Using CLA Assistant with FerretDB
Alexey Palazhchenko
May 16, 2022

Like many other open-source projects, FerretDB requires all contributors to sign our Contributor License Agreement (CLA) to protect them from liability. (Please note that our CLA does include a transfer of copyright and we don’t use it to relicense FerretDB; but that all is a topic of the future blog post.)

Signatures can be collected manually or with some custom scripts, but there is also a popular fully automated solution that lowers the barrier for contributors – CLA Assistant. That software is open-source and uses any MongoDB-compatible database.

Recently, we released FerretDB 0.2 which implements enough functionality for CLA Assistant to work with our database without changes. Although FerretDB is not production-ready yet, we are big fans of dogfooding, so we already run our own instance at cla.ferretdb.io and use it in FerretDB development. In this blog post, we describe how you can host your installation using only open-source software.

Let’s start with FerretDB and PostgreSQL. We will use Docker Compose to run everything in Docker containers. Put the following into the docker-compose.yml file:

 

docker-compose.yml

services:
  postgres:
    image: postgres:14.2
    environment:
      POSTGRES_DB: ferretdb
      POSTGRES_HOST_AUTH_METHOD: trust
    volumes:
      - ./data/postgres:/var/lib/postgresql/data

  ferretdb:
    image: ghcr.io/ferretdb/ferretdb:0.2.0
    restart: on-failure
    command: >
      -listen-addr=:27017
      -postgresql-url=postgres://postgres@postgres:5432/ferretdb

The first service starts PostgreSQL and creates “ferretdb” database, with data stored on the host system in “./data/postgres” directory. That ensures that data is not lost when you recreate this Compose project and makes the simplest way to do backups (by just copying this directory) possible. Of course, without more advanced backup solutions and with authentication disabled, that’s not a fully production-ready deployment, but good enough for an example.

The second service starts FerretDB which would connect to this PostgreSQL instance and listen on the standard MongoDB port. FerretDB starts very fast and exits if it can’t connect to PostgreSQL; “restart: on-failure” ensures that it is restarted in that case.

Now we need to start CLA Assistant itself. They do not provide a prebuilt Docker image, but it is easy to build ourselves. Run the following commands to do that:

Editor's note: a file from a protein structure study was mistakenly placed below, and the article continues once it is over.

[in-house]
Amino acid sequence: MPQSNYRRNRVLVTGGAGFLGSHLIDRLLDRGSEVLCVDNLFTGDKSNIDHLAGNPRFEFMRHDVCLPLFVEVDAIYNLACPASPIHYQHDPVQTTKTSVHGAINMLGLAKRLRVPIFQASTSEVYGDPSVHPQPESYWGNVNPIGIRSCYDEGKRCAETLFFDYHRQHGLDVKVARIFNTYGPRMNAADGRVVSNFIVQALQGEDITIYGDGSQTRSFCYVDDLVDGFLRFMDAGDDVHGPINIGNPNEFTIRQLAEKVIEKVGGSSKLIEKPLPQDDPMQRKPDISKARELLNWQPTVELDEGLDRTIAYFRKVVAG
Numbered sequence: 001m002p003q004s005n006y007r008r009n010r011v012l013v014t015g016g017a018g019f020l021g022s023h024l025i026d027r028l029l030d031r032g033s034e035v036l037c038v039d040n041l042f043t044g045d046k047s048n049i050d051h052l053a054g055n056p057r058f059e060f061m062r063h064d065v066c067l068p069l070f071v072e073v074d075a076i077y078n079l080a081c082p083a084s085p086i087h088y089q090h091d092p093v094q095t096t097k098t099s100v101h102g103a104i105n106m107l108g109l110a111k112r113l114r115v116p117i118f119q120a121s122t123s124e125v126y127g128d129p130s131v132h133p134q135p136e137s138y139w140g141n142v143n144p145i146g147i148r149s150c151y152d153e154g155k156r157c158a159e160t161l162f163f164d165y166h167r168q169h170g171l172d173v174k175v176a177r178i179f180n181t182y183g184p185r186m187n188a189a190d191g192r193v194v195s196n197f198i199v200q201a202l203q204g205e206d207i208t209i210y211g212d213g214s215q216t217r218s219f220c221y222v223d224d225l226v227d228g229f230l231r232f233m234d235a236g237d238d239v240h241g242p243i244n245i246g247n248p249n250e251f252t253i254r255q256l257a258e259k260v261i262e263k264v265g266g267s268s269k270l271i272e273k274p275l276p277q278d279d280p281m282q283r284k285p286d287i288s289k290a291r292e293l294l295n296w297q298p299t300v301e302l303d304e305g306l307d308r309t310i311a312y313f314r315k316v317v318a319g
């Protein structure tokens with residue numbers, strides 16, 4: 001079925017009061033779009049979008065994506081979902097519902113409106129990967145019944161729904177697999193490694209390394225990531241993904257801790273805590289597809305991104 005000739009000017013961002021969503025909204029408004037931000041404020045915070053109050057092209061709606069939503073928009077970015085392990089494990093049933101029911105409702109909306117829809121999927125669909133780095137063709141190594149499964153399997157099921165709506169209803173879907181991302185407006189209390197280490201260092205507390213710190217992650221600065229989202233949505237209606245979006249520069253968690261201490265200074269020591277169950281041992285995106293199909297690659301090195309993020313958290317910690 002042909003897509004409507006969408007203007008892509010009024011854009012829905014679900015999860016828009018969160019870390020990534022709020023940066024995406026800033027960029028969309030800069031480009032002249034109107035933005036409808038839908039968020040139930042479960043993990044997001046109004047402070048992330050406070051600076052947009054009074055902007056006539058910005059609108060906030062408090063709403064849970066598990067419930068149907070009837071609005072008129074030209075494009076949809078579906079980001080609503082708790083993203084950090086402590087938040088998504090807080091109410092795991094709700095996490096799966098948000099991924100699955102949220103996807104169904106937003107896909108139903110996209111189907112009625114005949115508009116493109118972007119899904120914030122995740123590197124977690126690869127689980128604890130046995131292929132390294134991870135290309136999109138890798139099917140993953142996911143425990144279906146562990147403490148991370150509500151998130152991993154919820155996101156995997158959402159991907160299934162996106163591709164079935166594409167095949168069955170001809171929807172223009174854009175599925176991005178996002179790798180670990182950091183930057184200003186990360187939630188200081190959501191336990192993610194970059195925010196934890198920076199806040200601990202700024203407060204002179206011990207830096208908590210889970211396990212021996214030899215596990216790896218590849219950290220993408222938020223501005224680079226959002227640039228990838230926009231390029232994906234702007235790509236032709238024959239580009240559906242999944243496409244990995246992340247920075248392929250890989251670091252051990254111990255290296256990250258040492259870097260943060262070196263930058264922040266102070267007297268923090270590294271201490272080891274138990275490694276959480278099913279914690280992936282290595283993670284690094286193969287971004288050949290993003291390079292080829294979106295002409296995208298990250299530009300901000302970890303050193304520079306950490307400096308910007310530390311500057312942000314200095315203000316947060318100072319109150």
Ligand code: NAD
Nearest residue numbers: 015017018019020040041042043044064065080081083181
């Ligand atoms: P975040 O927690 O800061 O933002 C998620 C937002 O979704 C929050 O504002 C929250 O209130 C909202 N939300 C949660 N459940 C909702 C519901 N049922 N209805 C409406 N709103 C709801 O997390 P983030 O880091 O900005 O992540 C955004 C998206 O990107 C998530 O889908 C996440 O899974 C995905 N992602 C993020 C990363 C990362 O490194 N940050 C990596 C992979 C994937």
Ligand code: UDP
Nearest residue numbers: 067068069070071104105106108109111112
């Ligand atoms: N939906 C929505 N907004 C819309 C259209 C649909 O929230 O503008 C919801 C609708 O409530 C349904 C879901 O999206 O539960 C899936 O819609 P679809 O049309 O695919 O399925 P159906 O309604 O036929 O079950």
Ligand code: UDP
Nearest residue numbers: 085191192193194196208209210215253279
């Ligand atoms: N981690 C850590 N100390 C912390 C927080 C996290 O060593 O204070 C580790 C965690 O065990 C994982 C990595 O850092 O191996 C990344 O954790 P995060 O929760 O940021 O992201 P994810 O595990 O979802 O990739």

git clone https://github.com/cla-assistant/cla-assistant.git
cd cla-assistant
git checkout v2.13.0
docker build --tag cla-assistant-local .

That will produce a Docker image with tag “cla-assistant-local:latest” that you could see in the “docker ls” output.

Next, we will need to register an OAuth App there that will be used by CLA Assistant to receive webhooks from pull requests:

App’s Authorization callback URL should be https://<domain>/auth/github/callback

We also should register a machine user account (a.k.a. bot) on GitHub and get a personal access token there that will be used to call GitHub API on behalf of not authenticated users:

The only required scope is “public_repo”.

Now, let’s add CLA Assistant to our Docker Compose configuration:

services:
  # postgres and ferretdb above

  cla-assistant:
    image: cla-assistant-local:latest
    restart: on-failure
    environment:
      HOST: <domain>
      PORT: 5000
      PROTOCOL: https
      MONGODB: mongodb://ferretdb:27017/cla_assistant
      GITHUB_CLIENT: <OAuth App's Client ID>
      GITHUB_SECRET: <OAuth App's Client secret>
      GITHUB_ADMIN_USERS: <bot's account name>
      GITHUB_TOKEN: <bot's personal access token>

Finally, we need a web server that would handle HTTPS for us. For that, we will use Caddy:

services:
  # postgres, ferretdb, and cla-assistant above

    image: caddy:2.4.6
    ports:
      - 80:80
      - 443:443
    volumes:
      - ./data/caddy/data:/data
      - ./data/caddy/config:/config
      - ./Caddyfile:/etc/caddy/Caddyfile:ro

Caddy will listen on both HTTP and HTTPS ports, and retrieve the TLS certificate from Let’s Encrypt that will be stored in “./data/caddy” on the host. For that, we need to create a file called “Caddyfile” on the host next to docker-compose.yml with the following content:

<domain> {
	reverse_proxy cla-assistant:5000
	tls <your email address>
}

Email is used by Let’s Encrypt to contact you if something goes wrong.

That’s all with the configuration! Now we can start our containers with docker-compose up –detach, start following logs with docker-compose logs -f, and open our domain in the browser to login with GitHub and configure our first CLA.

Hopefully, both CLA Assistant and FerretDB will work great for you; but if you encounter any problems, or just want to give us feedback about FerretDB, feel free to join our community Slack or any other community place – we will be happy to help!